nbdkit-file-plugin - nbdkit file plugin
nbdkit file [file=]FILENAME [cache=default|none] [fadvise=normal|random|sequential] nbdkit file dir=DIRECTORY
nbdkit-file-plugin is a file serving plugin for nbdkit(1).
It serves the named
FILENAME over NBD. Local block devices (eg. /dev/sda) may also be served.
If you use the
dir parameter the plugin works in a different mode where it serves files from the given
DIRECTORY, chosen by the client using the NBD export name.
Either file or dir must be given which controls the mode of the plugin, either serving a single file or the files in a directory.
(nbdkit ≥ 1.22, not Windows)
cache=none tries to prevent the kernel from keeping parts of the file that have already been read or written in the page cache.
(nbdkit ≥ 1.22, not Windows)
Serve all regular files and block devices located directly inside the directory named
DIRECTORY, including those found by following symbolic links. Other special files in the directory (such as subdirectories, pipes, or Unix sockets) are ignored.
When this mode is used, the file to be served is chosen by the export name passed by the client, where the client can request a list of available exports using NBD_OPT_LIST. A client that requests the default export (
"") will be rejected. However, you can use nbdkit-exportname-filter(1) to adjust what export names the client sees or uses as a default. For security, when using directory mode, this plugin will not accept export names containing slash (
(nbdkit ≥ 1.22, not Windows)
This optional flag hints to the kernel that you will access the file normally, or in a random order, or sequentially. The exact behaviour depends on your operating system, but for Linux using
normal causes the kernel to read-ahead,
sequential causes the kernel to read-ahead twice as much as
random turns off read-ahead. See also posix_fadvise(2).
The default is
Serve the file named
FILENAME. A local block device name can also be used here. When this mode is used, the export name requested by the client is ignored.
file= is a magic config key and may be omitted in most cases. See "Magic parameters" in nbdkit(1).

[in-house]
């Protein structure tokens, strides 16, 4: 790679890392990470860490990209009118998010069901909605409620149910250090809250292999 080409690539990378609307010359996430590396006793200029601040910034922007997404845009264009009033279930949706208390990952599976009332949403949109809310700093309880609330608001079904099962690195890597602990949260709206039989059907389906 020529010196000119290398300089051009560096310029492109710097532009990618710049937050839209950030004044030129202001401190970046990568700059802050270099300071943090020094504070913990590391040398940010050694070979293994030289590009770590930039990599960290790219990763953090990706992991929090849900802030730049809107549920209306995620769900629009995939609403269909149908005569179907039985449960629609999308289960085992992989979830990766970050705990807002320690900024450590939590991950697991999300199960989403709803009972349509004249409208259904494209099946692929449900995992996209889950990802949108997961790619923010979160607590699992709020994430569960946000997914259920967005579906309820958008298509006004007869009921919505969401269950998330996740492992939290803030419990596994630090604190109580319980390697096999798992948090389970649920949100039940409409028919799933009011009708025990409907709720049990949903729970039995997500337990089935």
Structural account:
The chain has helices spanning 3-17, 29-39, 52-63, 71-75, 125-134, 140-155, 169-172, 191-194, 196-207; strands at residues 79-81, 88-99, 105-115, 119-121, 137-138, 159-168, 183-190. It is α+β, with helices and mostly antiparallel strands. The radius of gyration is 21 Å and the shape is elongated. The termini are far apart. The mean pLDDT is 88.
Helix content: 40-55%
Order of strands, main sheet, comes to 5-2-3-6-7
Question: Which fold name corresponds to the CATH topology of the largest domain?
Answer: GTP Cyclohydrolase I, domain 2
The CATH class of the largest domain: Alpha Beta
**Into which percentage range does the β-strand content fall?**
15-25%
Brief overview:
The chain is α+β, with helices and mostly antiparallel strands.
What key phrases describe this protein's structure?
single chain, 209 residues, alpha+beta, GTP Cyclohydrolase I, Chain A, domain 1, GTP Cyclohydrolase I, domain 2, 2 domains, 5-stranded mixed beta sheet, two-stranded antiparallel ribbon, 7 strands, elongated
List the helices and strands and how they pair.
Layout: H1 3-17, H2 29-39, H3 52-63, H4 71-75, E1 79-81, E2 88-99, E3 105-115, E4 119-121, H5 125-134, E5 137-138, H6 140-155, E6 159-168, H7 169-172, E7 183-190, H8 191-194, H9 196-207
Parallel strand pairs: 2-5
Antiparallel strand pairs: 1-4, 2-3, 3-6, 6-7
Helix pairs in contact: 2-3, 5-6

Serve the Windows volume specified by the device name. See: https://docs.microsoft.com/en-us/windows/win32/fileio/naming-a-file#win32-device-namespaces.
If you know in advance that the NBD client will access the file randomly or only sequentially then you can hint that to the kernel using:
nbdkit file disk.img fadvise=random nbdkit file disk.img fadvise=sequential
As described in the "PARAMETERS" section above, on Linux this disables or increases the amount of read-ahead that the kernel does.
If the file is very large and you know the client will only read/write the file sequentially one time (eg for making a single copy or backup) then this will stop other processes from being evicted from the page cache:
nbdkit file disk.img fadvise=sequential cache=none
If you want to expose a file that resides on a file system known to have poor
lseek(2) performance when searching for holes (
tmpfs is known to be one such file system), you can use nbdkit-noextents-filter(1) to avoid the penalty of probing for holes.
You can obtain extra information about how the file plugin was compiled by doing:
nbdkit file --dump-plugin
Some of the fields which may appear are listed below. Note these are for information only and may be changed or removed at any time in the future.
If both set, the plugin may be able to efficiently zero ranges of block devices, where the driver and block device itself supports this.
If set, the plugin may be able to punch holes (make sparse) files and block devices.
If set, the plugin may be able to efficiently zero ranges of files and block devices.
If present, this is the Windows version of the file plugin with reduced functionality and some special Windows-only features, as noted in this manual.
This plugin supports sparse files on Windows (with hole punching). However for this to work the files must already have the sparse property, the plugin will not make existing files sparse. Use the
fsutil sparse command to control the sparseness property of files.
Before nbdkit supported filters (< 1.2) this plugin had extra parameters
wdelay to insert delays. These parameters have been moved to nbdkit-delay-filter(1). Modify the command line to add --filter=delay in order to use these parameters.
To concatenate and export multiple files, use nbdkit-split-plugin(1).
This enables very verbose debugging of the NBD zero request. This can be used to tell if the file plugin is able to zero ranges in the file or block device efficiently or not.
nbdkit --dump-config to find the location of
nbdkit-file-plugin first appeared in nbdkit 1.0.
nbdkit(1), nbdkit-plugin(3), nbdkit-split-plugin(1), nbdkit-partitioning-plugin(1), nbdkit-tmpdisk-plugin(1), nbdkit-exportname-filter(1), nbdkit-fua-filter(1), nbdkit-noextents-filter(1).
Richard W.M. Jones
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